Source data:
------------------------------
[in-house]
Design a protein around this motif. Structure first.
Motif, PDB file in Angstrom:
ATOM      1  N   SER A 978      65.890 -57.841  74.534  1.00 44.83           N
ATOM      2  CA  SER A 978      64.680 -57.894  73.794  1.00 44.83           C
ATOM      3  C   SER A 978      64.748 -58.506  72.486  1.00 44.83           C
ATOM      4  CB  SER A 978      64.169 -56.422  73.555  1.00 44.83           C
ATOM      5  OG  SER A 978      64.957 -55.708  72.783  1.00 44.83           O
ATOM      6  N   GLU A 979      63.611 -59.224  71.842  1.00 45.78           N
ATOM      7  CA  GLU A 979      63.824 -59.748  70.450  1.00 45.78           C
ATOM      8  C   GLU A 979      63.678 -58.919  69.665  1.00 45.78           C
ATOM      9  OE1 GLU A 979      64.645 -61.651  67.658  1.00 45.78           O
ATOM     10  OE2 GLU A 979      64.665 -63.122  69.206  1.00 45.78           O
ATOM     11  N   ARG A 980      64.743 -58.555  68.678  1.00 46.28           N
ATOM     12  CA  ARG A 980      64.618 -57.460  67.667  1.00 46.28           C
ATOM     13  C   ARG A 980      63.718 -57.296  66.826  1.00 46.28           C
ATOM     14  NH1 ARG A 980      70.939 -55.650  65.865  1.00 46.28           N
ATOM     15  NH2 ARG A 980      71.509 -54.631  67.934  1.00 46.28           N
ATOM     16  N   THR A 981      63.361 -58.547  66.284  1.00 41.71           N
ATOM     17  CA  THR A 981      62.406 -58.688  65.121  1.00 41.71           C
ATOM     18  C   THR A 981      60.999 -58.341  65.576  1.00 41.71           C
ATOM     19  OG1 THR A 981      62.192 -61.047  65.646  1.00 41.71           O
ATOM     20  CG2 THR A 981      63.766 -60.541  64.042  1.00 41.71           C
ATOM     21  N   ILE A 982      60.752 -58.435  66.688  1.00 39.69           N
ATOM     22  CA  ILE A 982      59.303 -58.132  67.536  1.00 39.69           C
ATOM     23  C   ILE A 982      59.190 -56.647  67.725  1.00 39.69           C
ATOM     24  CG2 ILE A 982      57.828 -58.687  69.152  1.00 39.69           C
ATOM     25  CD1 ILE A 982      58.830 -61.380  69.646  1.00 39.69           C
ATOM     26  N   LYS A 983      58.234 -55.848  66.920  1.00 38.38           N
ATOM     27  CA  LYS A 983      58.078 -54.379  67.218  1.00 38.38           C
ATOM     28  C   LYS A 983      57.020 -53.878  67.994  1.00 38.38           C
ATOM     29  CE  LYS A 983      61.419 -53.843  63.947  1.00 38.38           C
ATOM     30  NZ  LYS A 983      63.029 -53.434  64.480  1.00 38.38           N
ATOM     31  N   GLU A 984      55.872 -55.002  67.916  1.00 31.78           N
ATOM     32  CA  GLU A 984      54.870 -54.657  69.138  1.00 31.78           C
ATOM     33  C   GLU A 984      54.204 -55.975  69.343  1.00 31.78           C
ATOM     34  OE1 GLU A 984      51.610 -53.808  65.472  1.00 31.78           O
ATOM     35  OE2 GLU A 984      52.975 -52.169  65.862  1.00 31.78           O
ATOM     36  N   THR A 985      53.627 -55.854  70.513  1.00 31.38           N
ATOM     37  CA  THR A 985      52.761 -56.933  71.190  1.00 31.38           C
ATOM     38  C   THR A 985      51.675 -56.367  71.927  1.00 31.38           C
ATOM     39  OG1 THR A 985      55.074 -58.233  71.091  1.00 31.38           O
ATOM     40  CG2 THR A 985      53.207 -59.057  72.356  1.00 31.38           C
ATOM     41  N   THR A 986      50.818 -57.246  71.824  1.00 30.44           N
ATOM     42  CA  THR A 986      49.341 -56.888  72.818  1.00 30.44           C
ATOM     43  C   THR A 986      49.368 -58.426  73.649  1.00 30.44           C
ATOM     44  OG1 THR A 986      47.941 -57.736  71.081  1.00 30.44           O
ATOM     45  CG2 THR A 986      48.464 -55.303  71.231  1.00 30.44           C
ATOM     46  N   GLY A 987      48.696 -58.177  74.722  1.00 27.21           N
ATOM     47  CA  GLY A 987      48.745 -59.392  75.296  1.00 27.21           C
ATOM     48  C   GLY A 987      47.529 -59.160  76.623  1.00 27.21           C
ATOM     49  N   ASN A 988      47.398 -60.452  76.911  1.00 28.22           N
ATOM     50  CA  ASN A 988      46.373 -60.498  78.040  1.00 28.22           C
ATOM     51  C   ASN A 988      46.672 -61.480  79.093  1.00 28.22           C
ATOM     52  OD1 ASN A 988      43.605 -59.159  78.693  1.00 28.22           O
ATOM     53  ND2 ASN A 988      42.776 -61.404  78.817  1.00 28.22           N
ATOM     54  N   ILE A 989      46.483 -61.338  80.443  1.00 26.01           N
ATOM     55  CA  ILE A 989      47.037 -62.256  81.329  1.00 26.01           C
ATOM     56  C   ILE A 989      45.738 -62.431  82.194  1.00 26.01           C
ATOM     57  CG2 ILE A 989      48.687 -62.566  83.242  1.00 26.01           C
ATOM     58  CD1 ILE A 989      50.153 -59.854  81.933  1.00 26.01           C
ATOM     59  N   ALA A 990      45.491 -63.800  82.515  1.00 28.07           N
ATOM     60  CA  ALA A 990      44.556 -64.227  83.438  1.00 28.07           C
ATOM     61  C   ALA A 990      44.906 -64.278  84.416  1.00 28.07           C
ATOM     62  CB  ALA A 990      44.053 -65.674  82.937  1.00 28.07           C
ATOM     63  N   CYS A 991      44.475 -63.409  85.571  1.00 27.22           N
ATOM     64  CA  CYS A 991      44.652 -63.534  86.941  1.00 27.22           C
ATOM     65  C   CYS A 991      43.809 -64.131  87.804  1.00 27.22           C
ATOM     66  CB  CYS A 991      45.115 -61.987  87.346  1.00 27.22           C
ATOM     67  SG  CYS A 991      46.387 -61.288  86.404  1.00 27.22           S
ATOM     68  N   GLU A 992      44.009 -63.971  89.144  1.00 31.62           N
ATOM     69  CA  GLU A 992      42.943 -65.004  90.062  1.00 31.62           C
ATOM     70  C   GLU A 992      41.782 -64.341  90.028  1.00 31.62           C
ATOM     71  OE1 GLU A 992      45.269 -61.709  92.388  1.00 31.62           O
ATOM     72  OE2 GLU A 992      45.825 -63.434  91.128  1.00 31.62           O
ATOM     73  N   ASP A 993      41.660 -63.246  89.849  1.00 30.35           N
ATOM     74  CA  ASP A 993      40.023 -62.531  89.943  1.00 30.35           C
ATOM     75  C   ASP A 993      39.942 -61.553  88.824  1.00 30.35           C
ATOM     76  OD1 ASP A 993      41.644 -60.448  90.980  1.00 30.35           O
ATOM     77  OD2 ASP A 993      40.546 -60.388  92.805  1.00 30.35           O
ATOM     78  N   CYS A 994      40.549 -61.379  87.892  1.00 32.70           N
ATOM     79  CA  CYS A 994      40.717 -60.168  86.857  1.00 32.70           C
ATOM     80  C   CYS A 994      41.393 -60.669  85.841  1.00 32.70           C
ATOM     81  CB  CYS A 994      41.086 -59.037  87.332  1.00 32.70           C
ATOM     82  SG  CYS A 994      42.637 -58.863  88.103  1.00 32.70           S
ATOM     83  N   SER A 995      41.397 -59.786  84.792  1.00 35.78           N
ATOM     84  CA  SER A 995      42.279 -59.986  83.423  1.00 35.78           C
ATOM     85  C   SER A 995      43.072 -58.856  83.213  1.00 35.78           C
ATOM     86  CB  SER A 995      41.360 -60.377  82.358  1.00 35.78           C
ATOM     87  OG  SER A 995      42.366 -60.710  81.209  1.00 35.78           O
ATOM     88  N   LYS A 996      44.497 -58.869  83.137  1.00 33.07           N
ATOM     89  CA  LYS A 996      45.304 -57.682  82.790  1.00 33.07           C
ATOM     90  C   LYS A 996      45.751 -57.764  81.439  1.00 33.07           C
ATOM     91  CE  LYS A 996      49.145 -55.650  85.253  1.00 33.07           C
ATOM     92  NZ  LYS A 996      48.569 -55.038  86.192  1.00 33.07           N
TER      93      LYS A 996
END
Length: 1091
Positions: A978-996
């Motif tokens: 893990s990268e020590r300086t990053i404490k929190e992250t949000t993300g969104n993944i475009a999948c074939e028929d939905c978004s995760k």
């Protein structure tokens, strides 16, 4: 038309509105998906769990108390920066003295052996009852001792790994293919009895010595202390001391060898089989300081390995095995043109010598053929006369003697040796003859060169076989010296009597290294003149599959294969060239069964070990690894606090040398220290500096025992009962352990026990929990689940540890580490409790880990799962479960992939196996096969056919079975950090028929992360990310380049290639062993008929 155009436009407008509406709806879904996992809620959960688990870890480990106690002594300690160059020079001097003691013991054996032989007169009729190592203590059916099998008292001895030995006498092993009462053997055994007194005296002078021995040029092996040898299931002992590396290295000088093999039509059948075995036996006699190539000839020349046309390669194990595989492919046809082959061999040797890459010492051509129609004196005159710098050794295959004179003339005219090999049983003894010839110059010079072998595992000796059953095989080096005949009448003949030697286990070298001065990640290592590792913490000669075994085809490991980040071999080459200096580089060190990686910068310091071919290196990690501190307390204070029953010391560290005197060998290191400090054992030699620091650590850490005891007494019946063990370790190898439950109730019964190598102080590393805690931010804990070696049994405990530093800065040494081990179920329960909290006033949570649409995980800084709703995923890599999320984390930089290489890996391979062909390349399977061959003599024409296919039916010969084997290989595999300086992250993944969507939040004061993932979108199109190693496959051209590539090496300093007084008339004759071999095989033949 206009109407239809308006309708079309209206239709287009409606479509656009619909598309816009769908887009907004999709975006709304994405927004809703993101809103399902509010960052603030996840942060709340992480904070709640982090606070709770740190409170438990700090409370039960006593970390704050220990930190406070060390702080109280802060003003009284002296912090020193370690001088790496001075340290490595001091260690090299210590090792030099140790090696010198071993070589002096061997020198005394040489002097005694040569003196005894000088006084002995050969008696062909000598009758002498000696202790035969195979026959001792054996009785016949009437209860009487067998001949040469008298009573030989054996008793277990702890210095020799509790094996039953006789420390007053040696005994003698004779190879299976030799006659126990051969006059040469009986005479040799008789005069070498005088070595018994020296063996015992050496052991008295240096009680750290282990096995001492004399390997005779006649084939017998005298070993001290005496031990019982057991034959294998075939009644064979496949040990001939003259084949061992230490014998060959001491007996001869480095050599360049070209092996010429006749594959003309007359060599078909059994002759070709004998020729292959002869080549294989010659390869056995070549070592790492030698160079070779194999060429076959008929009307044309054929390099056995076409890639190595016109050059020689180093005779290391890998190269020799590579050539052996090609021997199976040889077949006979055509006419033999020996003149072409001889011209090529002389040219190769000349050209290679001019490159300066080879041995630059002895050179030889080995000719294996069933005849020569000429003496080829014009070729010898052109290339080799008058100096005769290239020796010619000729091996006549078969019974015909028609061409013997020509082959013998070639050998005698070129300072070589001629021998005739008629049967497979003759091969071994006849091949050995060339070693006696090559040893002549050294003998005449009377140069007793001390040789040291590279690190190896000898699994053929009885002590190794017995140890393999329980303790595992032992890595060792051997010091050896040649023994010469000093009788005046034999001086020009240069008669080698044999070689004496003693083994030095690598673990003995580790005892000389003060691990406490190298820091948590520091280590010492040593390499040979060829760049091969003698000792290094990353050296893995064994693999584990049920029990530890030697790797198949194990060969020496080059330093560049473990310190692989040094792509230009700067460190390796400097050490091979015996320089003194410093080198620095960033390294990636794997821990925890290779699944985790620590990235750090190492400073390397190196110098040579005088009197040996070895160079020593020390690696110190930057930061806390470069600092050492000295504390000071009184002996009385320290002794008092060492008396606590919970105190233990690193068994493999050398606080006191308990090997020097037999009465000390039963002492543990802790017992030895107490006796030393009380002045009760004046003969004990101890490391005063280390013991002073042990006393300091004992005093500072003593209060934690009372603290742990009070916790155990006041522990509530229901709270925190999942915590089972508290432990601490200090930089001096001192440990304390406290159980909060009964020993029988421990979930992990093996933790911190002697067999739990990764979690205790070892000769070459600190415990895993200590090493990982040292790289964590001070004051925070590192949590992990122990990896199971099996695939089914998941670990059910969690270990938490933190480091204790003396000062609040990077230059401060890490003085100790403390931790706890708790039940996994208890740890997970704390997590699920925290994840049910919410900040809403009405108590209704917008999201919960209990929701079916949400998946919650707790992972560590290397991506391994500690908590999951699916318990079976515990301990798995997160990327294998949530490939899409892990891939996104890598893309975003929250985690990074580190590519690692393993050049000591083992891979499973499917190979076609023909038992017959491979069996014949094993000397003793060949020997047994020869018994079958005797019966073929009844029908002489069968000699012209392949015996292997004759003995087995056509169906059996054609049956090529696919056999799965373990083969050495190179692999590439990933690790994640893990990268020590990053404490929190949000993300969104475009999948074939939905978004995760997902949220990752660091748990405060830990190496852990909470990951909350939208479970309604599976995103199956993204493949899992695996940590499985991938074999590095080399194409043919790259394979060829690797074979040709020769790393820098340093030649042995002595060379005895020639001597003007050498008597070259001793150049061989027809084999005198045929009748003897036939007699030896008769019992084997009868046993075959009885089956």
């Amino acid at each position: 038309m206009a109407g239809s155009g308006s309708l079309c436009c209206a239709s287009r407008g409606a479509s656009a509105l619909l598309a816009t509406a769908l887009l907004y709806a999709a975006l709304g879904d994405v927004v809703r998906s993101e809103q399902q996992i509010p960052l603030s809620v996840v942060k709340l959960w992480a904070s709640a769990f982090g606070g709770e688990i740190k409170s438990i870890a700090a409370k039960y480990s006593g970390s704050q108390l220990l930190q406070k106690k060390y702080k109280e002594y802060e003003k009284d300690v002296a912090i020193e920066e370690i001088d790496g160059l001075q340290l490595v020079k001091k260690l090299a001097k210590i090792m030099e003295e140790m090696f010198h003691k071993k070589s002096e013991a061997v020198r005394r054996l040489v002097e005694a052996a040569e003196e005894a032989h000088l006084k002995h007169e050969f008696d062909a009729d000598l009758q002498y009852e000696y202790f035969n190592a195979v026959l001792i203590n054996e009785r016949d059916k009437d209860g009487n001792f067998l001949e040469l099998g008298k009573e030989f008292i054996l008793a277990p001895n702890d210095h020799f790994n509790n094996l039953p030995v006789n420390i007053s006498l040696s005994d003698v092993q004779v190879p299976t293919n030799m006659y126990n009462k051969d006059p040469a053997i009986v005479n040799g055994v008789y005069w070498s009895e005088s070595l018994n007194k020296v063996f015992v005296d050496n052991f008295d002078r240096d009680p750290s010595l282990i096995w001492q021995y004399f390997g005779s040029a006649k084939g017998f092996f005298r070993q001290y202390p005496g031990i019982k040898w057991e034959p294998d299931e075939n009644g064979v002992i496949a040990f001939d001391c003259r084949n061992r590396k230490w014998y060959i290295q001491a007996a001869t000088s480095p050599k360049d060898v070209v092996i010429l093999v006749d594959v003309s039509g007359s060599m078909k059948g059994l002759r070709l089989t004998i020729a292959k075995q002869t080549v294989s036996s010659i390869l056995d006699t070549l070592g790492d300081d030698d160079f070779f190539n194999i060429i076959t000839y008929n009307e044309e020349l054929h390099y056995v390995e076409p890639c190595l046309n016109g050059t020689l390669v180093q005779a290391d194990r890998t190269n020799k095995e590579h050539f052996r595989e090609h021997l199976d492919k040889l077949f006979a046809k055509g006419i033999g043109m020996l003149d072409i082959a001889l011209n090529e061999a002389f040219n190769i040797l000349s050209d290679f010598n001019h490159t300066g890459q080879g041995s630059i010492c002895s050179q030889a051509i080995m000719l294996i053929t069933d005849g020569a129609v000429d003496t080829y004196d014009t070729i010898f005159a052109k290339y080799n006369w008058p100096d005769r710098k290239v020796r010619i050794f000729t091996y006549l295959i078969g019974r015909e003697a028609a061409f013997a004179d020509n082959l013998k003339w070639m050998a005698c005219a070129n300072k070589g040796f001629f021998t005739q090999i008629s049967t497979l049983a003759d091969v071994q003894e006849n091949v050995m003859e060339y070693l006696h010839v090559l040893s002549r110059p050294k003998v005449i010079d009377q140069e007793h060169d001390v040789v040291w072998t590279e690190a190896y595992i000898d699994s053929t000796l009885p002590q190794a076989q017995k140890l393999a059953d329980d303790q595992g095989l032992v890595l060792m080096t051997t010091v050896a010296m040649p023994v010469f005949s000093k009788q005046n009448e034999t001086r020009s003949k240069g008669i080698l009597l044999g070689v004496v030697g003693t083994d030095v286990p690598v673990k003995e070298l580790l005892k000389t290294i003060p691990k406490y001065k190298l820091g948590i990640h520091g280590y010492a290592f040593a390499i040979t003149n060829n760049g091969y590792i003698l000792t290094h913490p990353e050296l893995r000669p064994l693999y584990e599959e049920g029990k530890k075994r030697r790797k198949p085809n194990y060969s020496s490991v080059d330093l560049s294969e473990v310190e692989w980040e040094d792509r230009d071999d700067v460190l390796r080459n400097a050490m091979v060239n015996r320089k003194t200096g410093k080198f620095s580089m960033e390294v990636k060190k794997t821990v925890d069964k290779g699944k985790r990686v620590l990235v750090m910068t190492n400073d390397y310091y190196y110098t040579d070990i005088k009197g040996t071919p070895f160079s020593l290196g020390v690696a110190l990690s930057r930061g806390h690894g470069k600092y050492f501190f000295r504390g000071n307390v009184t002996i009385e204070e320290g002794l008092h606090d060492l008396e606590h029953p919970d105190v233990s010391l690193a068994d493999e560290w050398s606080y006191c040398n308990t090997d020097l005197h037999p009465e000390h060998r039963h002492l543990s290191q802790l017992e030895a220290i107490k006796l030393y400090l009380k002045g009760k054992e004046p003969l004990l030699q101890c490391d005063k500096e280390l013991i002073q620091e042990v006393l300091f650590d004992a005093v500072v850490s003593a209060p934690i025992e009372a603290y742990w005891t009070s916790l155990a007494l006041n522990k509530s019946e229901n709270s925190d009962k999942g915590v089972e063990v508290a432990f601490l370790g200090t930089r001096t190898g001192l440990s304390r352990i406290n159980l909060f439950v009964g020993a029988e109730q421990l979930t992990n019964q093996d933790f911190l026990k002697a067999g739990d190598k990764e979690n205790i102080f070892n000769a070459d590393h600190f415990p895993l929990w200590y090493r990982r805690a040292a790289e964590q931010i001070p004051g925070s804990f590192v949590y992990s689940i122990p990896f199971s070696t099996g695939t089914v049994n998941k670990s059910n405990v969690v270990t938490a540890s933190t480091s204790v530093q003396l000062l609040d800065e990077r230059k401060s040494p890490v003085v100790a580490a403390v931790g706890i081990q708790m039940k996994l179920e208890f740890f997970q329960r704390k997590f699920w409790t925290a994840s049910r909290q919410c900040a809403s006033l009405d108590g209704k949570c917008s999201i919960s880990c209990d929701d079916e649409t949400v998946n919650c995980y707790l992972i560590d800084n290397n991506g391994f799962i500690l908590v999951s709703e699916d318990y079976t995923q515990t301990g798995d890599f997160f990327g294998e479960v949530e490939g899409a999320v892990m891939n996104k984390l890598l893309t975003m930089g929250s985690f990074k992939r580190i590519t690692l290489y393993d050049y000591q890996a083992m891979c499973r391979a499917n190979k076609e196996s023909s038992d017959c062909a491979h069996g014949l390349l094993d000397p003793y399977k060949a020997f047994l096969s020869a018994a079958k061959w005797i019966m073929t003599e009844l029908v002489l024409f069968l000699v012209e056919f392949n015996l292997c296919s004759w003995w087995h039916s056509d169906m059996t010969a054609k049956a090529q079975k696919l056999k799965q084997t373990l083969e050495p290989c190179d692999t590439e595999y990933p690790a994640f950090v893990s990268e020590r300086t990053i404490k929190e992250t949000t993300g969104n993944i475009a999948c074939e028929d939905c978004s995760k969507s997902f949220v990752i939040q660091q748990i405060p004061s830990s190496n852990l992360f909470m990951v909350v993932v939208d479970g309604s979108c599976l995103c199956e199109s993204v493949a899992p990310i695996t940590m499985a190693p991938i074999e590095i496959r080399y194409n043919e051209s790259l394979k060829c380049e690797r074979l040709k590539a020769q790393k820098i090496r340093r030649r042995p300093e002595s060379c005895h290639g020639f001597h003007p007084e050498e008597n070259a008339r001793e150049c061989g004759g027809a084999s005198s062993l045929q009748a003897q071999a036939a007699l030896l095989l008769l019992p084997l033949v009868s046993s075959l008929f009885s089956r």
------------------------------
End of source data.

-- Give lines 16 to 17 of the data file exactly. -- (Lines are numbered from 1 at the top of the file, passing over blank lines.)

ATOM     13  C   ARG A 980      63.718 -57.296  66.826  1.00 46.28           C
ATOM     14  NH1 ARG A 980      70.939 -55.650  65.865  1.00 46.28           N